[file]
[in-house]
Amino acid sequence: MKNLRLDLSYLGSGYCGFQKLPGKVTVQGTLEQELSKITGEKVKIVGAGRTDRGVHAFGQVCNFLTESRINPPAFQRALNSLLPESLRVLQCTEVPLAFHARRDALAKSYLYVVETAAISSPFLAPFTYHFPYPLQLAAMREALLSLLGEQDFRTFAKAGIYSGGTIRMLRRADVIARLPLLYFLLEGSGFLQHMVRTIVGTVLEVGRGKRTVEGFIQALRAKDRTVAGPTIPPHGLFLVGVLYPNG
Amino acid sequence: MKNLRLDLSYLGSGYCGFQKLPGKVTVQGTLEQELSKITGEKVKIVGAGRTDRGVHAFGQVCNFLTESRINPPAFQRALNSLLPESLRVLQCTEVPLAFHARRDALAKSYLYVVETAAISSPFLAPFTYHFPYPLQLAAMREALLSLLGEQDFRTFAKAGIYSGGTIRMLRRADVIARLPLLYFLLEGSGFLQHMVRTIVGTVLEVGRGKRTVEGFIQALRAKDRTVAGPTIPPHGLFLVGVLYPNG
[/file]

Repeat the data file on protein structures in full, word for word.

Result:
[in-house]
Amino acid sequence: MKNLRLDLSYLGSGYCGFQKLPGKVTVQGTLEQELSKITGEKVKIVGAGRTDRGVHAFGQVCNFLTESRINPPAFQRALNSLLPESLRVLQCTEVPLAFHARRDALAKSYLYVVETAAISSPFLAPFTYHFPYPLQLAAMREALLSLLGEQDFRTFAKAGIYSGGTIRMLRRADVIARLPLLYFLLEGSGFLQHMVRTIVGTVLEVGRGKRTVEGFIQALRAKDRTVAGPTIPPHGLFLVGVLYPNG
Amino acid sequence: MKNLRLDLSYLGSGYCGFQKLPGKVTVQGTLEQELSKITGEKVKIVGAGRTDRGVHAFGQVCNFLTESRINPPAFQRALNSLLPESLRVLQCTEVPLAFHARRDALAKSYLYVVETAAISSPFLAPFTYHFPYPLQLAAMREALLSLLGEQDFRTFAKAGIYSGGTIRMLRRADVIARLPLLYFLLEGSGFLQHMVRTIVGTVLEVGRGKRTVEGFIQALRAKDRTVAGPTIPPHGLFLVGVLYPNG